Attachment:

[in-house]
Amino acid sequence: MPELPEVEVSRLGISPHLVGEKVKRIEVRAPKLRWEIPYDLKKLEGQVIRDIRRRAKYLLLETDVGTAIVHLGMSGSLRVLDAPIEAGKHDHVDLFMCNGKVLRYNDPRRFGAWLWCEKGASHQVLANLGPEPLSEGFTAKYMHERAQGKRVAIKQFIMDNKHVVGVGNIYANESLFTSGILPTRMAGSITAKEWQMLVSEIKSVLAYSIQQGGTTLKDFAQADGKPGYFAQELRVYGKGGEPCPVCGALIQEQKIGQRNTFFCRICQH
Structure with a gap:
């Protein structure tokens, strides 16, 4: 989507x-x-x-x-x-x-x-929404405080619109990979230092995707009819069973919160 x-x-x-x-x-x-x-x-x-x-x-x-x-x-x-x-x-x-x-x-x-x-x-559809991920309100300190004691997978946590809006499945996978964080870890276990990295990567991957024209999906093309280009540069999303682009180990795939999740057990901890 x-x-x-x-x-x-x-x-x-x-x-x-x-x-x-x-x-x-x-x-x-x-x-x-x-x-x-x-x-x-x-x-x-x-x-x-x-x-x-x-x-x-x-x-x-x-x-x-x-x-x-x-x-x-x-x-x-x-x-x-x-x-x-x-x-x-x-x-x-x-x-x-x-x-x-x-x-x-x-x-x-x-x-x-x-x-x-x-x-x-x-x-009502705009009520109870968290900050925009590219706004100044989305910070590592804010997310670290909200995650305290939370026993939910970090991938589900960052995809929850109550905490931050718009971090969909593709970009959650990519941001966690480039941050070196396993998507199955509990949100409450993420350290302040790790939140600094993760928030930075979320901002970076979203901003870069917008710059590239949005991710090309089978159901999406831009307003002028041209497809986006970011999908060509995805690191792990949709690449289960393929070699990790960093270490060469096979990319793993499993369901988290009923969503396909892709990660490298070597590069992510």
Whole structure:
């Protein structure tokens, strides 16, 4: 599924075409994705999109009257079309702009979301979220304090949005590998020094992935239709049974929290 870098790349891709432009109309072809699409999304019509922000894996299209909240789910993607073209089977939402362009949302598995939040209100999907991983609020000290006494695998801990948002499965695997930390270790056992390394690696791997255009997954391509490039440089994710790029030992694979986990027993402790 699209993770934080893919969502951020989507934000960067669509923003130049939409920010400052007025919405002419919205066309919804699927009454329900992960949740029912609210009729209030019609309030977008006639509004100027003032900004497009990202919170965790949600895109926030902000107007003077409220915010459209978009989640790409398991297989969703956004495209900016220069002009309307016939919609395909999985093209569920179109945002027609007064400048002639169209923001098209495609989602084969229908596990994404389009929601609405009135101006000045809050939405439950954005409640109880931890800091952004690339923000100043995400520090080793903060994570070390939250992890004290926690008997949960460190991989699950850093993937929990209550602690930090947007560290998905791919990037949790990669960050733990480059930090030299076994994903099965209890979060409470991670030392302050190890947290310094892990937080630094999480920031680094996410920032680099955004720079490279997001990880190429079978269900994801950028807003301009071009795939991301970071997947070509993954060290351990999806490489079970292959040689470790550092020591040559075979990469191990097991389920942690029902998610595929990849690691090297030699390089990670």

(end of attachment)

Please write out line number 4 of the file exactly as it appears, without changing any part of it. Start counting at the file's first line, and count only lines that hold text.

């Protein structure tokens, strides 16, 4: 989507x-x-x-x-x-x-x-929404405080619109990979230092995707009819069973919160 x-x-x-x-x-x-x-x-x-x-x-x-x-x-x-x-x-x-x-x-x-x-x-559809991920309100300190004691997978946590809006499945996978964080870890276990990295990567991957024209999906093309280009540069999303682009180990795939999740057990901890 x-x-x-x-x-x-x-x-x-x-x-x-x-x-x-x-x-x-x-x-x-x-x-x-x-x-x-x-x-x-x-x-x-x-x-x-x-x-x-x-x-x-x-x-x-x-x-x-x-x-x-x-x-x-x-x-x-x-x-x-x-x-x-x-x-x-x-x-x-x-x-x-x-x-x-x-x-x-x-x-x-x-x-x-x-x-x-x-x-x-x-x-009502705009009520109870968290900050925009590219706004100044989305910070590592804010997310670290909200995650305290939370026993939910970090991938589900960052995809929850109550905490931050718009971090969909593709970009959650990519941001966690480039941050070196396993998507199955509990949100409450993420350290302040790790939140600094993760928030930075979320901002970076979203901003870069917008710059590239949005991710090309089978159901999406831009307003002028041209497809986006970011999908060509995805690191792990949709690449289960393929070699990790960093270490060469096979990319793993499993369901988290009923969503396909892709990660490298070597590069992510």